I don't often promote any businesses from my blog, but I thought this one was worth talking about.


23 January 2010

I gave at the office

Years ago when I was a child, I would canvass door to door with my sister for a charity for cancer research.  Many times we would hear, `My husband gave at the office`as a reason for not donating.  Whether they had or hadn`t I was never sure, but I know today that offices do fundraise for charities and workers are happy to participate.

Recently, with the Haitian earthquake disaster, a friend mentioned that one of the doctor`s at the hospital where she works was asking people to sponsor him in a swim for Haiti.  He raised over $1,000.  Another office raised almost $1,000 in a fundraising effort they organized.  The old adage `every little bit helps`, really does.  Imagine how much we could raise if everyone contributed in some small way from door to door, office to office and nation to nation.

As a new grandmother to a one year old, it breaks my heart to see the young children left without family and home.  It is so sad, because you know children so young have no idea what is going on.  All they want is to be taken care of and be loved by someone.

There was one particular group of orphan children that was brought to our attention by a Canadian news reporter.  These children, who are under five years old, were fending for themselves on the street because the orphanage collapsed.  But for the charity of an old woman who came to feed them, they had no one.

Please give as you are able for the care of the children of Haiti.  Agencies such as World Vision are on the ground now helping where they can.

16 January 2010

Calendar "ah ha"

I was participating in a Harvard sponsored webinar with my boss the other day.  The topic was on personal branding and they were making recommendations to executives on how to polish up their image.  I guess he thought I needed the help.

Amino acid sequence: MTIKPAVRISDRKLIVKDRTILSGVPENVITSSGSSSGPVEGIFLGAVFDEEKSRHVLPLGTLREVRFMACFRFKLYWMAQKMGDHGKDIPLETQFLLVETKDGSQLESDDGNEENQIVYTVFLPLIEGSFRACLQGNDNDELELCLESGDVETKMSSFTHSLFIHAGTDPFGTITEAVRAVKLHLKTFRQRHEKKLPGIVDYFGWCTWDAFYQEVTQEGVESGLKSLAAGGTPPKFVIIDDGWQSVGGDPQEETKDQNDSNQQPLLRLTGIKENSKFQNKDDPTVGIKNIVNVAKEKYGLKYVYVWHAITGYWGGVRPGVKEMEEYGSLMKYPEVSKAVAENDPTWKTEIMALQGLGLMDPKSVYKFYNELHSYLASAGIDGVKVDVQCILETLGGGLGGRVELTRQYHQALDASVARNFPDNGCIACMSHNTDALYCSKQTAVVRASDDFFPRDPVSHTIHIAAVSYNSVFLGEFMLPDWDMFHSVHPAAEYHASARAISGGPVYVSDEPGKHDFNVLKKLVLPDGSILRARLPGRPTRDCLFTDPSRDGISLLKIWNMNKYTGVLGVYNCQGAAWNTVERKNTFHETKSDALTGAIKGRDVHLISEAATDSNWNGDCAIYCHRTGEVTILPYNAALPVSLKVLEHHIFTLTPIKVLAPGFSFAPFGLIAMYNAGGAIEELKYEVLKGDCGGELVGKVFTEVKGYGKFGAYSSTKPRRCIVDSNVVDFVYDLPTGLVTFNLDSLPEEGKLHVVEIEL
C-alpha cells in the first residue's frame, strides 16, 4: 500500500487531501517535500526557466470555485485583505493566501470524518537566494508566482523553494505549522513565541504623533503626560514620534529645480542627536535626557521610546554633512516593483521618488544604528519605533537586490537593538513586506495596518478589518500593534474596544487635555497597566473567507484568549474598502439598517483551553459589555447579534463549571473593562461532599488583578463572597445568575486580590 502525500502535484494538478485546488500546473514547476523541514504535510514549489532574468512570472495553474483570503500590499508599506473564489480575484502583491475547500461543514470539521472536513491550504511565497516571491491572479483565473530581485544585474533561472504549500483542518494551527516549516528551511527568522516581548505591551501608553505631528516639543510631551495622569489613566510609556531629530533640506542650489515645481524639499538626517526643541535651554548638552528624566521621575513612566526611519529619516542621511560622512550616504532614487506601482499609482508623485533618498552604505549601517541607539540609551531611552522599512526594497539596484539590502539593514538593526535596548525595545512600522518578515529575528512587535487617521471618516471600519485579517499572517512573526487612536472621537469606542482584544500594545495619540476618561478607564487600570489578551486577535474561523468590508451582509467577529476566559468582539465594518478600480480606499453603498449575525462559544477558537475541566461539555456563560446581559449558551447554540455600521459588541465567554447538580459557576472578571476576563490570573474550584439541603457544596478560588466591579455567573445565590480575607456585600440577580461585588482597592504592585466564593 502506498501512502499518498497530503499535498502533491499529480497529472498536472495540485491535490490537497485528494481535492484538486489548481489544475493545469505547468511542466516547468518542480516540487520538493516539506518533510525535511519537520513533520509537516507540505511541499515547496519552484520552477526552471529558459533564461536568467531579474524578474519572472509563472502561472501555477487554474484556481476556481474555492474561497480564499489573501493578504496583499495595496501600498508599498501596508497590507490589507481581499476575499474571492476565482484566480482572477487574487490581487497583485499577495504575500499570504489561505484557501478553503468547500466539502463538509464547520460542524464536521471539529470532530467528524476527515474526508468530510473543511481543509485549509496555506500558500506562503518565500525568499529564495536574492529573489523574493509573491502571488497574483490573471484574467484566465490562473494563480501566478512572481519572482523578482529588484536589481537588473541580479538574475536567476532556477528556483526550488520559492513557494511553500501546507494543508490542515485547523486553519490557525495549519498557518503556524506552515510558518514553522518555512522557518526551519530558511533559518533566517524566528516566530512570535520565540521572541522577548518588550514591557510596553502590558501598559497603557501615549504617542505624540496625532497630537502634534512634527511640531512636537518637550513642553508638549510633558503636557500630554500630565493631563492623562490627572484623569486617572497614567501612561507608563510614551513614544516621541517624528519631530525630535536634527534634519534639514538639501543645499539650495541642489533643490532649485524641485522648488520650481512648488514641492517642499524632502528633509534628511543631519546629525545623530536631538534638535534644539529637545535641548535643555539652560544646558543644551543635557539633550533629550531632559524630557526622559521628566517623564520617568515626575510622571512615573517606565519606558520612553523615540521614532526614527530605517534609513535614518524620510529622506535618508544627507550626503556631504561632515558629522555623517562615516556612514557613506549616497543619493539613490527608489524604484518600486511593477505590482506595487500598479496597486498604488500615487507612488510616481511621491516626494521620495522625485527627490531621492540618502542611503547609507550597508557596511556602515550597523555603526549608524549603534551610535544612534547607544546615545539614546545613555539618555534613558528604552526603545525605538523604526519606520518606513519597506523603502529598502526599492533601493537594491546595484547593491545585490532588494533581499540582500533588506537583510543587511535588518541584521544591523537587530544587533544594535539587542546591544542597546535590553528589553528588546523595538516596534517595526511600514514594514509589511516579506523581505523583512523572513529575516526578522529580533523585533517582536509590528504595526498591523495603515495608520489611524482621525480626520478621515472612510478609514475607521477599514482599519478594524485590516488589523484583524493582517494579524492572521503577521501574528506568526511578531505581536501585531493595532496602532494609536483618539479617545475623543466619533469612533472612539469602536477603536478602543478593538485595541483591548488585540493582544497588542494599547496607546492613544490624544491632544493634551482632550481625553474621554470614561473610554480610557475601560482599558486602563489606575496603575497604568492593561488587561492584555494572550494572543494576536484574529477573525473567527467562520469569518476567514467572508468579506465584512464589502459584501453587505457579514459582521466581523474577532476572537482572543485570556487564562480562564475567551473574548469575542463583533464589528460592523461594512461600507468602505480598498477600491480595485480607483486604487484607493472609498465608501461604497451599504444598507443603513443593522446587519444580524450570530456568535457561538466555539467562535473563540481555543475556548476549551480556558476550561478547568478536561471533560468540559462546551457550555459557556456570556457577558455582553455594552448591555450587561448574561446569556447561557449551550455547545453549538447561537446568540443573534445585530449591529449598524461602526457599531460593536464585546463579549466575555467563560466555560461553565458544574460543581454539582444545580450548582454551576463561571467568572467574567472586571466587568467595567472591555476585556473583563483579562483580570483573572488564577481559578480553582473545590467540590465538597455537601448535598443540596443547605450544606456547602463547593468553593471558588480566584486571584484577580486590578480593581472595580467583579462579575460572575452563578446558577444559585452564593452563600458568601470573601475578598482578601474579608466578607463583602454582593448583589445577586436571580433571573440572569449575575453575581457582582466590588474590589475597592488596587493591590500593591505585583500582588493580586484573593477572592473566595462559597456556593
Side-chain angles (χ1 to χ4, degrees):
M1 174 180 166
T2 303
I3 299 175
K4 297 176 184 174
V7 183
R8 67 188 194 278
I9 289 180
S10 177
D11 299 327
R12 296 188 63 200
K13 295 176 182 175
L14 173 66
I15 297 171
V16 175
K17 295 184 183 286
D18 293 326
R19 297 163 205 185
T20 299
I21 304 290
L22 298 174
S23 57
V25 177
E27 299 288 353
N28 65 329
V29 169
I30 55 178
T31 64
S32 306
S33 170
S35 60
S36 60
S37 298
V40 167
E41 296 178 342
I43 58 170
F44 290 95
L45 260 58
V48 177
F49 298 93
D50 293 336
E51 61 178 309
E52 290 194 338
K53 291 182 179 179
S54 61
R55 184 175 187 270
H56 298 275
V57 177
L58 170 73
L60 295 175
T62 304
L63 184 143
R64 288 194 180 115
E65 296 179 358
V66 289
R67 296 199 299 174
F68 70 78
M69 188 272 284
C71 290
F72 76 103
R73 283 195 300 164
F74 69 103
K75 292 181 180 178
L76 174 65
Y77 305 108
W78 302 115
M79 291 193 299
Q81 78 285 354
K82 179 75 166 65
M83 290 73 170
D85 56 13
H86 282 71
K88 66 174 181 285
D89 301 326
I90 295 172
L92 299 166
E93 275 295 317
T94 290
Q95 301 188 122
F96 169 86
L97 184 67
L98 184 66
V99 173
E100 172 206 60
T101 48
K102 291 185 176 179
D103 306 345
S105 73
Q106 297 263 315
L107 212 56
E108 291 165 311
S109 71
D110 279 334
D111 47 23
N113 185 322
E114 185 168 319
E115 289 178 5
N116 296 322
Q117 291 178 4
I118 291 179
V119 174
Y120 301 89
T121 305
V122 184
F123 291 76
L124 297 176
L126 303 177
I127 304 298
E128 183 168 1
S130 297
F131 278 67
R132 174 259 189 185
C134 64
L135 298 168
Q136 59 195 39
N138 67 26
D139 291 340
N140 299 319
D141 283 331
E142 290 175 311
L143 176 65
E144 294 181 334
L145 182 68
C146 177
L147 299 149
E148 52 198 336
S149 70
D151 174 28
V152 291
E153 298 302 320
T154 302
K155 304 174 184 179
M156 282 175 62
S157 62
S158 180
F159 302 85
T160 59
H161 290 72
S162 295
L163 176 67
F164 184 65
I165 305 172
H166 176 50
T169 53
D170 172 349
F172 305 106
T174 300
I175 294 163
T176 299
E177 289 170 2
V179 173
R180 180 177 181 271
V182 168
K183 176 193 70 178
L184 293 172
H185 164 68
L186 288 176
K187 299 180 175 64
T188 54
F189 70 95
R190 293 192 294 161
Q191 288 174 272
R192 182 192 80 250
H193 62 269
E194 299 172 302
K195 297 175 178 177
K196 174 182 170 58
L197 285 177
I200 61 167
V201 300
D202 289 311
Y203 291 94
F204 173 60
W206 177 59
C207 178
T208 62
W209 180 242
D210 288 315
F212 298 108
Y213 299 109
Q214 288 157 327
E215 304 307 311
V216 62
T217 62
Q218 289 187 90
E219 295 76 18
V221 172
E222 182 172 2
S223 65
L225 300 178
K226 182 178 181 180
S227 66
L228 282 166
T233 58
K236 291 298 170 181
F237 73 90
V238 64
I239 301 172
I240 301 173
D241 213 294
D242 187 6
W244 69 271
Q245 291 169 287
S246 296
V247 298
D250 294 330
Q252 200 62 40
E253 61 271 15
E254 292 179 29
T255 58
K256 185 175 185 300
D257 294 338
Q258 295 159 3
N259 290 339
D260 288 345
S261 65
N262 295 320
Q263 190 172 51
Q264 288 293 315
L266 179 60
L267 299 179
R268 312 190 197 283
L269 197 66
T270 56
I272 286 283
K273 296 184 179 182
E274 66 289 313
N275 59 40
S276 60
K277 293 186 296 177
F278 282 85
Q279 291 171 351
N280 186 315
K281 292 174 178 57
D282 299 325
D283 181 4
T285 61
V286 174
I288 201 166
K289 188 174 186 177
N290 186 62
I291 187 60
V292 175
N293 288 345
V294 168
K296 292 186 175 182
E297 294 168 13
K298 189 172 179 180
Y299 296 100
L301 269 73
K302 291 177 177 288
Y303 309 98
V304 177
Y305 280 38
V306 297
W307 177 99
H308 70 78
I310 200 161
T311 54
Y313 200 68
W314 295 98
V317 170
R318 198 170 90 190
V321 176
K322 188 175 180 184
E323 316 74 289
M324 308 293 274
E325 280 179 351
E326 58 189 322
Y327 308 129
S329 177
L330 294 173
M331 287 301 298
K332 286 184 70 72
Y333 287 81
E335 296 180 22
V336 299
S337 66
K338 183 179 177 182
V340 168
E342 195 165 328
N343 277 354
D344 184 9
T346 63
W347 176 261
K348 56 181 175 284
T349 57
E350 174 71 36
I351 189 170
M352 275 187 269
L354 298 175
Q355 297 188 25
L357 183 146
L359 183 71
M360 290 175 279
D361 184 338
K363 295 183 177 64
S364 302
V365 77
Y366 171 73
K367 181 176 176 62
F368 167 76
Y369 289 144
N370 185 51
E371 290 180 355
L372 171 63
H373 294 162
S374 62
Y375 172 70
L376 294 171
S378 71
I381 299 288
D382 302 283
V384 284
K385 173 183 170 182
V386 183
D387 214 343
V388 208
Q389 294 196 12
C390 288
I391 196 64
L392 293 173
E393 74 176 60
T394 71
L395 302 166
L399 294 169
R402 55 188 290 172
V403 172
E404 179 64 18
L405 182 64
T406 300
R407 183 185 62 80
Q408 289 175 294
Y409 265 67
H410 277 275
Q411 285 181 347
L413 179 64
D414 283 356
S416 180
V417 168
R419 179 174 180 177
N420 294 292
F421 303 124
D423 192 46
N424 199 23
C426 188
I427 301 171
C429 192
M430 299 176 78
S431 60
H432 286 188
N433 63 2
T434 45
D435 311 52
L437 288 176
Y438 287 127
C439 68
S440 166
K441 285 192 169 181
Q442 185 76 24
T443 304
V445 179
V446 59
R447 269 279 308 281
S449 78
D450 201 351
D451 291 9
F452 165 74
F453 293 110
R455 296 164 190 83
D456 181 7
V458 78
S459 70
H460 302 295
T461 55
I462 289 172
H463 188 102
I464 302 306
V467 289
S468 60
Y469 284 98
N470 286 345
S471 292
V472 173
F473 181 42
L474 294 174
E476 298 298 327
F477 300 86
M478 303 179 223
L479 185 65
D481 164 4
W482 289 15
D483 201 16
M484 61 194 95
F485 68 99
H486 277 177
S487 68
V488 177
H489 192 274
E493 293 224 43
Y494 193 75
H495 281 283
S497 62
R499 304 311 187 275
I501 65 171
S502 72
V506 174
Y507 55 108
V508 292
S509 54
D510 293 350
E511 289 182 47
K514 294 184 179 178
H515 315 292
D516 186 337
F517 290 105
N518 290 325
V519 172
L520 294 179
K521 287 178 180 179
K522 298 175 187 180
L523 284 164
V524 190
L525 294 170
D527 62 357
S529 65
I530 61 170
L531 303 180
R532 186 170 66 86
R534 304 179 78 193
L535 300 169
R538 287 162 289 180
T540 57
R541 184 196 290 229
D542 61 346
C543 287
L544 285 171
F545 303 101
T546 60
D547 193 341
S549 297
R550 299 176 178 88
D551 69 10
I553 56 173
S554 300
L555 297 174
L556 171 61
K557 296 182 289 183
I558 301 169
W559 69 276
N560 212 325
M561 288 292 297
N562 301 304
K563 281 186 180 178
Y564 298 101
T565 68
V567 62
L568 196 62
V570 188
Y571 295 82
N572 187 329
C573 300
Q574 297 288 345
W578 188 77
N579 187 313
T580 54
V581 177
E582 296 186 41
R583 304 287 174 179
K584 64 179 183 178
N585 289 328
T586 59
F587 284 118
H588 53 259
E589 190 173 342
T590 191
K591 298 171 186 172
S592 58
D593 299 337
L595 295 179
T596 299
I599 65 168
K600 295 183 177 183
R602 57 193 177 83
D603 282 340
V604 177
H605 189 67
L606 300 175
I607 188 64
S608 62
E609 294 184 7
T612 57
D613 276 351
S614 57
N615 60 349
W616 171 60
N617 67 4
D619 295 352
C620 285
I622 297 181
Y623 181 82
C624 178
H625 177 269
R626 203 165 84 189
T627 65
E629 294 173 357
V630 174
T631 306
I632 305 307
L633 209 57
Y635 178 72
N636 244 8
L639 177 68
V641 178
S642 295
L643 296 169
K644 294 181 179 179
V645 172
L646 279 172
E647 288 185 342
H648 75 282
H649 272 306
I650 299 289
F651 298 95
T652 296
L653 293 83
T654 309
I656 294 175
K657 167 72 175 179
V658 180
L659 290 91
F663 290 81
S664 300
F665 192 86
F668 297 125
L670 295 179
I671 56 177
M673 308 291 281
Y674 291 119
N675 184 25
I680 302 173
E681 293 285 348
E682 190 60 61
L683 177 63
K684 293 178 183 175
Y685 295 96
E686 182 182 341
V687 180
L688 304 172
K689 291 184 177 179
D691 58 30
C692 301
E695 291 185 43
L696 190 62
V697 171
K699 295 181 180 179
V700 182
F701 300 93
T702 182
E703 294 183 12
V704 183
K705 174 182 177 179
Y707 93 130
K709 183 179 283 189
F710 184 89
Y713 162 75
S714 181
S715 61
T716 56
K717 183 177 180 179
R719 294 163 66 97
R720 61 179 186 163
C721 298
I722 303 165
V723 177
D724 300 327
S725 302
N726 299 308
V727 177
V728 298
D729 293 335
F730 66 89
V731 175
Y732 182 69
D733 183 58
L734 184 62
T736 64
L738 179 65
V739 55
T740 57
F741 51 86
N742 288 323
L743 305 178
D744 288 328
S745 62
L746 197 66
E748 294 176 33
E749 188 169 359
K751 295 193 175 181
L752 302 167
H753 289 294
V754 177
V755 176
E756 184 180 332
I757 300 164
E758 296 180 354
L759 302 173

One of the things they recommended to executives was to use their electronic calendar to leave themselves reminders.  From a personal branding point of view they suggested that if you kept reminders then you would be seen as someone who is on top of things and nothing gets by you.  -- Wait a minute! The thought is good, but...that defeats the purpose of the Scheduling feature in Outlook.  If someone puts in a "birthday" or a "pick up the dry cleaning" reminder in their calendar as an all-day event, to those who are using the Scheduler, it will look like the person is busy for the day and in reality they may have the day open.  When you are checking through the Scheduler, it gives no details on the meeting, just that you are not free. 

I think if Microsoft asked me what I would like to see in an electronic calendar, I would suggest not to bother with the all-day event option.  Who notices that string along the top anyway?  Use that feature to set reminders (which everyone uses it for anyway).  How many times I have booked a meeting thinking the day was free, only to notice later that an all-day event was put in unnoticed at the top.